East Fork, the Asheville, North Carolina–based ceramics company, was founded by Alexander Matisse, the great-grandson of Henri Matisse. Two new glazes are debuting from the brand this spring, and for the occasion, EAL chatted with Connie Matisse, co-founder and creative director.
Tell us about your design process. How do you choose which pieces to produce?
Alex had been sticking incense into a crack in the wall next to his potter’s wheel for years until the crack got too full of spent incense sticks, so he had to make an incense burner. Just as soon as our daughter, Vita, could talk, she started asking for a cup her size “just like Dada’s, but tiny,” so we made the Toddler Cup. Each piece in our collection was made to serve a purpose, and every detail was considered to make it as functional and pleasurable to use as possible.
We offer a full range of dinnerware to fit a wide variety of lifestyles, whether you live alone with your cat and need nothing more than a bowl to reheat leftovers, or have a family of six and love to throw dinner parties. We release small runs of limited-edition items several times a year to add on to and complement the collection, such as new vase forms, honey jars, pitchers and utensil holders.
In our home, our most used pieces are the Breakfast Bowl, Everyday Bowl, Toddler Cup and Mug the Weeknight Serving Bowl.
We love your blog! Do you have plans to add any other smaller initiatives or events to your brand?
Thank you! Alex journaled pretty extensively online when he was an apprentice, then I used it to document the early days of building our business; it’s grown into a really collaborative space for our staff and community to share recipes, ideas, good stuff from around the Internet, and interviews with Asheville folks we admire.
We love throwing parties and get-togethers and try to host a gathering every month, either at at our downtown Asheville storefront or in our friends’ restaurants. We’ve hosted Japanese cooking classes, flower arranging workshops, tarot readings, mezcal tastings, and a birthday party for Marriage Equality. Right now, a few fun things we have in the pipeline: a gaucho-inspired dinner with Jarrett Stieber from [restaurant] Eat Me Speak Me in Atlanta this June, and a truly epic weekend-long bash for our new factory launching later this year.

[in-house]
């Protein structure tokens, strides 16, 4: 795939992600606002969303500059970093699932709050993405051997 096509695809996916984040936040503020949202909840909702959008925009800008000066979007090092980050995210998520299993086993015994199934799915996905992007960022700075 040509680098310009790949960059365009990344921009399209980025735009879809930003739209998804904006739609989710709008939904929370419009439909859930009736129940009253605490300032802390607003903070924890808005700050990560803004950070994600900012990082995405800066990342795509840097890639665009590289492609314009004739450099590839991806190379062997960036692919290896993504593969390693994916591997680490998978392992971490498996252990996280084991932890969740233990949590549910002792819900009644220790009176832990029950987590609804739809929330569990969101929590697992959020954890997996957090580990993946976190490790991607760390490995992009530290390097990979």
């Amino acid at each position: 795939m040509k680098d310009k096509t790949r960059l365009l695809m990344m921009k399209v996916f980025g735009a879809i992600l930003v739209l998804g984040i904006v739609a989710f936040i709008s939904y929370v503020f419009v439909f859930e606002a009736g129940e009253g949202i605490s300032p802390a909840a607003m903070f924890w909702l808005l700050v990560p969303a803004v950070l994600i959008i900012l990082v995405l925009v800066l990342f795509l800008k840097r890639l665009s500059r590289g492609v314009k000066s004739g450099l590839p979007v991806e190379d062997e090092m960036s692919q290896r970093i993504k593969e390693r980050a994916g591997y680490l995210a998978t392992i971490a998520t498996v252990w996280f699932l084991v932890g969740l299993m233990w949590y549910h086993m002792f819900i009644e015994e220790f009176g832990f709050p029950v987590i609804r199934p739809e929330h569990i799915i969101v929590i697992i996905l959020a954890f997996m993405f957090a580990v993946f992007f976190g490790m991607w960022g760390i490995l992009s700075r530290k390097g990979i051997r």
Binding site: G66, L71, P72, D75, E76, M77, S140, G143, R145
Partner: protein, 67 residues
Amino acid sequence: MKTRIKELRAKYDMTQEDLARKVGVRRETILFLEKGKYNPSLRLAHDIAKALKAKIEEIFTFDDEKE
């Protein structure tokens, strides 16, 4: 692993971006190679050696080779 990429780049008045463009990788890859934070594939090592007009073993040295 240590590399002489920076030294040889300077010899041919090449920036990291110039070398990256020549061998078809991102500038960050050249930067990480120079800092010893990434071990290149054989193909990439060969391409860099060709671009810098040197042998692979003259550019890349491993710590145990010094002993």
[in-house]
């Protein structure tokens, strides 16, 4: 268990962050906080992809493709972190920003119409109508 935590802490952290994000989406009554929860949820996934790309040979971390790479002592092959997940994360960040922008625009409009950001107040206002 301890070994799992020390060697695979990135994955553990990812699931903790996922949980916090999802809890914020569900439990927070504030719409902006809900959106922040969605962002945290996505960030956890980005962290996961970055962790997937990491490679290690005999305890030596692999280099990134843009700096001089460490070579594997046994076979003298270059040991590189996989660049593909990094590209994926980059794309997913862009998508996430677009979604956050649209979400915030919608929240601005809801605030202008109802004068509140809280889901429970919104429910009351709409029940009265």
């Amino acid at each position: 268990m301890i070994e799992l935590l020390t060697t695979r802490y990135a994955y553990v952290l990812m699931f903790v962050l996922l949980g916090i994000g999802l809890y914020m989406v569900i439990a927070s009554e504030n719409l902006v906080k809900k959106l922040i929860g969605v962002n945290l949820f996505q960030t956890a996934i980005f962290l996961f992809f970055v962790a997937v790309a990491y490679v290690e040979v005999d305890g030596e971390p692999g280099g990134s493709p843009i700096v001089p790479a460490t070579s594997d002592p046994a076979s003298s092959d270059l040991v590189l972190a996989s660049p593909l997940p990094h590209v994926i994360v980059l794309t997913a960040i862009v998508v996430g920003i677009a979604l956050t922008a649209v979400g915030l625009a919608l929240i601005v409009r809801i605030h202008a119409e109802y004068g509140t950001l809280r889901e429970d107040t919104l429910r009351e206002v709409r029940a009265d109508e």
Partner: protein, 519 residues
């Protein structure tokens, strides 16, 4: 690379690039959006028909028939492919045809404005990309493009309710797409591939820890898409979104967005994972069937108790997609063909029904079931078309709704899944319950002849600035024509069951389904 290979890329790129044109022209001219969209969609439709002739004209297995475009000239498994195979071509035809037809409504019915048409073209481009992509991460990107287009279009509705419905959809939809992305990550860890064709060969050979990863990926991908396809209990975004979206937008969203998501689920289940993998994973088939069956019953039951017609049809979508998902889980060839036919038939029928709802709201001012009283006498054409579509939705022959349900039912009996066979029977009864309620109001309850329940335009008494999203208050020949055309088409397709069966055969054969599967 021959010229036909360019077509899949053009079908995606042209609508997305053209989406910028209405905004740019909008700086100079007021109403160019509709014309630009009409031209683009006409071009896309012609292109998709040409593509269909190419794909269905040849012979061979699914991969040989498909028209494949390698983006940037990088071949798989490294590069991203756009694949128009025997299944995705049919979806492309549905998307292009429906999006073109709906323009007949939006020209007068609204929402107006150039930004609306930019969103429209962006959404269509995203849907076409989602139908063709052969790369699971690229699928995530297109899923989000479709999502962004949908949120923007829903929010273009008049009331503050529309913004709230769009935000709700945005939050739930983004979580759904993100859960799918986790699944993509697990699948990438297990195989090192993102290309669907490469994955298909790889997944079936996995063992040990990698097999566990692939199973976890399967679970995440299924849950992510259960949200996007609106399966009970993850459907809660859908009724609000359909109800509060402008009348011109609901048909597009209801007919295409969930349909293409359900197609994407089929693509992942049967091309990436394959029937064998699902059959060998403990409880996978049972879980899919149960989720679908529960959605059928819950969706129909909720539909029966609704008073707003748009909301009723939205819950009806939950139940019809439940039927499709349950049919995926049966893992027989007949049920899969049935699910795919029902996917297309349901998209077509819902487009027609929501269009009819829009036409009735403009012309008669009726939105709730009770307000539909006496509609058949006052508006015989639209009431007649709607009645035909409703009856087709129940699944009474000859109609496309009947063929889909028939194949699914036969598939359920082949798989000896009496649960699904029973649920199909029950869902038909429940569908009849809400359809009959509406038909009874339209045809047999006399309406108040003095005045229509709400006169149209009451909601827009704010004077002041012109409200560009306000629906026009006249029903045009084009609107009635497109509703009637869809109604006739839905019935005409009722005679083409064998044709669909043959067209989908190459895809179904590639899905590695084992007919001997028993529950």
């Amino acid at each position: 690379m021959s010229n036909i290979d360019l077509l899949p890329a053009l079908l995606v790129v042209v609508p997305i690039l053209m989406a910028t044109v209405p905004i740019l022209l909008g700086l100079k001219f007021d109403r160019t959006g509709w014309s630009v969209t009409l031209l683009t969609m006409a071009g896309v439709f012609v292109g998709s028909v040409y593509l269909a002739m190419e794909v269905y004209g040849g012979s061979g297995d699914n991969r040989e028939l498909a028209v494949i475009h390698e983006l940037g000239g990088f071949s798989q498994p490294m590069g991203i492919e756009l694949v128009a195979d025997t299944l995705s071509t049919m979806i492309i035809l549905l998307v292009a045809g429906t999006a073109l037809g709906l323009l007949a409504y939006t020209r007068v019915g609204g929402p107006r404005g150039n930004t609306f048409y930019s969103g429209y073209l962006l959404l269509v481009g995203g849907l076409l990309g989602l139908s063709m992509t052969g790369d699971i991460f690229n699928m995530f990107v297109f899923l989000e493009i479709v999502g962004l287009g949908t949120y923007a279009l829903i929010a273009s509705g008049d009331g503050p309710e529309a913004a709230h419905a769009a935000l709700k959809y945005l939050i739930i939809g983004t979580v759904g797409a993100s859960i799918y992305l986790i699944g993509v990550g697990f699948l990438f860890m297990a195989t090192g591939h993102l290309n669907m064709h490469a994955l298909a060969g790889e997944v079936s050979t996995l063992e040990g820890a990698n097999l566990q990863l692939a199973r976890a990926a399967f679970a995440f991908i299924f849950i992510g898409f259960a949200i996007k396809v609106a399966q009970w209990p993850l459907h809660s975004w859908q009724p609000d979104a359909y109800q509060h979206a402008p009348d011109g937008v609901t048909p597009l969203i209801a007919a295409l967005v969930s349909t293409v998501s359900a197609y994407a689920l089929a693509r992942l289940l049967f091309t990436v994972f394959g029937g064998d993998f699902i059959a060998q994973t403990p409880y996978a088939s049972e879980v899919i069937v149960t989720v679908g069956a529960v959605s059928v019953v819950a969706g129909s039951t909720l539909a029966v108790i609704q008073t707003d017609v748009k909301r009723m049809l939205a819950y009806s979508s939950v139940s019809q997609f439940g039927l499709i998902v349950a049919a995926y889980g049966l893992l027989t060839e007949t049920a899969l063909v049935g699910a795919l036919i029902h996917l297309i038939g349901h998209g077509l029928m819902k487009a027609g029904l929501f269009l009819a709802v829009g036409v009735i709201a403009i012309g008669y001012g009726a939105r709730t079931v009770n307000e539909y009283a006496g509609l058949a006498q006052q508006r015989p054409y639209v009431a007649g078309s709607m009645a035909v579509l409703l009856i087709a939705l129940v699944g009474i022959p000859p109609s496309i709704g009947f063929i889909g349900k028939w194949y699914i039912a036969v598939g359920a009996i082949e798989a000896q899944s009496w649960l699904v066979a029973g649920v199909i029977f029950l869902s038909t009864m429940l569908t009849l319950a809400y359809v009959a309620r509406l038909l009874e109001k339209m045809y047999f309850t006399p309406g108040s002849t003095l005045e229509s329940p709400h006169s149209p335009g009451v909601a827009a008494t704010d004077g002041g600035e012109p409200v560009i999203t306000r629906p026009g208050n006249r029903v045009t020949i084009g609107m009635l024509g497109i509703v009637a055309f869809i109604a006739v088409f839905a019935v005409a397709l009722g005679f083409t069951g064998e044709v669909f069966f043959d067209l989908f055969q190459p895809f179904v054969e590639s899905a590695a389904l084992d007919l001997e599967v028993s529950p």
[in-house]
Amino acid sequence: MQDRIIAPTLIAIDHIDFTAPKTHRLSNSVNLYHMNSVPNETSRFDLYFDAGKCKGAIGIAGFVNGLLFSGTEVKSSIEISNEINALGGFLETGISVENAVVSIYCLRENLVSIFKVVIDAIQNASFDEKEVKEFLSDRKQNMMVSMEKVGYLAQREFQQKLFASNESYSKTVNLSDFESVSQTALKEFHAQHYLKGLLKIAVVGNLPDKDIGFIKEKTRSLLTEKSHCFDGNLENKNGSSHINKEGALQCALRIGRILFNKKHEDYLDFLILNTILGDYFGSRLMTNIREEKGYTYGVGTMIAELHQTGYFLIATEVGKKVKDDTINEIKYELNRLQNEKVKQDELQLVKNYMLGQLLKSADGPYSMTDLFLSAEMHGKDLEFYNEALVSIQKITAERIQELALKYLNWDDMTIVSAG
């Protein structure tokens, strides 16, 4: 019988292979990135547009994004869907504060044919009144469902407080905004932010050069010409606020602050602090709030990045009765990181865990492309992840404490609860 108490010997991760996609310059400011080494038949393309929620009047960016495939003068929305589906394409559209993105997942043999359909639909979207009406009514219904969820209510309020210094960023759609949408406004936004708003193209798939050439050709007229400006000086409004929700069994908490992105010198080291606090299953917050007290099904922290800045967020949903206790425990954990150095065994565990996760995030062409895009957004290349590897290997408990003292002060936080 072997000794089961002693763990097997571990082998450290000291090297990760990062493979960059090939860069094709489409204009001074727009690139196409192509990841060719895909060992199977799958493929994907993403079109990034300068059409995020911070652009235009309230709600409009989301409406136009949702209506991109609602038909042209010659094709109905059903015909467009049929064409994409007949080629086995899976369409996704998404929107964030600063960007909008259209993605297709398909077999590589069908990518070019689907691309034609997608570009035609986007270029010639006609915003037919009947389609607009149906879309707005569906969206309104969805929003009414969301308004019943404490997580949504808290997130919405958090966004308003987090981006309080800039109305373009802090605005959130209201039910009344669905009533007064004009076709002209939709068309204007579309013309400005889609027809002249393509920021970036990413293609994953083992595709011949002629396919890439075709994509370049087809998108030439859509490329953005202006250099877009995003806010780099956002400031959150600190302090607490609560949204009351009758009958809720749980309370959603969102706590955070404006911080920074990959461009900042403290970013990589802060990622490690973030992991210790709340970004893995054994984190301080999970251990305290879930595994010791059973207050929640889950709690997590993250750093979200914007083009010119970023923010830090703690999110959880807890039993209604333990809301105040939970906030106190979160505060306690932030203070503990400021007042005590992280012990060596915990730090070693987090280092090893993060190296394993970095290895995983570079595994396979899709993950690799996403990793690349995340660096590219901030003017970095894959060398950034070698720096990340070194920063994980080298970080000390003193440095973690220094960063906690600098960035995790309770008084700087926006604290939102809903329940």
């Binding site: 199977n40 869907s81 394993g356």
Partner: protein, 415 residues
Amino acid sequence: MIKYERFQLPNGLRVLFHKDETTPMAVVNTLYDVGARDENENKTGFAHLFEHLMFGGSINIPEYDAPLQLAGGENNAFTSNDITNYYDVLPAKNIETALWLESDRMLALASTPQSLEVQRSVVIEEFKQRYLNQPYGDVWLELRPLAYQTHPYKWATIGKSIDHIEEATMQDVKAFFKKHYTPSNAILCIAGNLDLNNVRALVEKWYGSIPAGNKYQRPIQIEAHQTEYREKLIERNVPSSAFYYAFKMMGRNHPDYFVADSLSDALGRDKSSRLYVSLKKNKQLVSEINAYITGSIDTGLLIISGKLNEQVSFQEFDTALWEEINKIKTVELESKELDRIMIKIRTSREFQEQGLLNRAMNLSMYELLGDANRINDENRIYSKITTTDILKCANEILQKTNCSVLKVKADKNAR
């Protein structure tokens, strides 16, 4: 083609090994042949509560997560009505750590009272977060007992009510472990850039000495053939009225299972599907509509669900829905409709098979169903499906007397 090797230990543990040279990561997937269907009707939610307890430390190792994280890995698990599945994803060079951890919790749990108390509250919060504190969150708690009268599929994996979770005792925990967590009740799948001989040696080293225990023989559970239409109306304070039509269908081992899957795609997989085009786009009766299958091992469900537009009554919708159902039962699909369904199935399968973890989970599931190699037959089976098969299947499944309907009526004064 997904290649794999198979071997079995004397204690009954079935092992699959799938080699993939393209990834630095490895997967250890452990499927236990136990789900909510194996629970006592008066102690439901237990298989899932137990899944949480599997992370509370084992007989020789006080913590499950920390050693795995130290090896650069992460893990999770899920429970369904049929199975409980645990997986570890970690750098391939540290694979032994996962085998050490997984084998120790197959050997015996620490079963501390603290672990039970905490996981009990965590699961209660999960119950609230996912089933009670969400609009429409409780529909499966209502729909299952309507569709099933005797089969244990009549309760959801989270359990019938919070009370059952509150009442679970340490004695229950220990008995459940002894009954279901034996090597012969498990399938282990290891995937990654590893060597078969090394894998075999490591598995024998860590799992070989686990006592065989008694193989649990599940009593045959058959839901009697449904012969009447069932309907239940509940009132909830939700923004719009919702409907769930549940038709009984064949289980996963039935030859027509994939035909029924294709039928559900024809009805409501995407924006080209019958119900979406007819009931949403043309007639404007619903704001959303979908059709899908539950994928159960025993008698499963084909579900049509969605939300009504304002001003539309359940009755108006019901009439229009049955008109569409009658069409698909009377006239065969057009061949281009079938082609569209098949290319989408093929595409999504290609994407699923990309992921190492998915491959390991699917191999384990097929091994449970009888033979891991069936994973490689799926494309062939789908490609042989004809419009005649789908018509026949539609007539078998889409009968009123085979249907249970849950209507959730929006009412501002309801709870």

Most of our events are used to raise money for and bring awareness to area nonprofits doing important work in our community. Each year, we make what we call our Equality Mug, with proceeds benefiting the Campaign for Southern Equality.
We’re currently selling a t-shirt that we made that reads “Pottery Is Political.” The project started as a response to people asking us to “keep your politics out of our pottery.” We believe that businesses, artists, public figures—all of us—have a responsibility to contribute to the holistic wellness of our communities. We know that communities thrive when all voices are heard, when marginalized voices are listened to extra closely, when our children are safe from threats of gun violence, and when everyone has access to basics like health care, clean water, and education.
The shirts are available for purchase on a sliding scale from $30 to $300. Customers are able to choose to donate the proceeds of the shirt to Higher Heights, a 501 (c)(3) that helps helps black women enter positions of political power and leadership or Everytown, which works to end gun violence in America.
Tell us about the forthcoming manufacturing facility. Why haven’t there been others over the last 50 years? What are the challenges, and rewards, in opening it?
Currently, our staff is spread out over many smaller locations, including the original site of the pottery, which is essentially a few shacks in the middle of the woods. We’ve maxed out our production capacity and are excited to bring everyone under one roof to improve operational efficiency, and more importantly, to continue to build the beautiful culture that is forming around East Fork as we grow.
We look forward to bringing living-wage jobs to Asheville and adding our own voice to the rich history of makers in our region.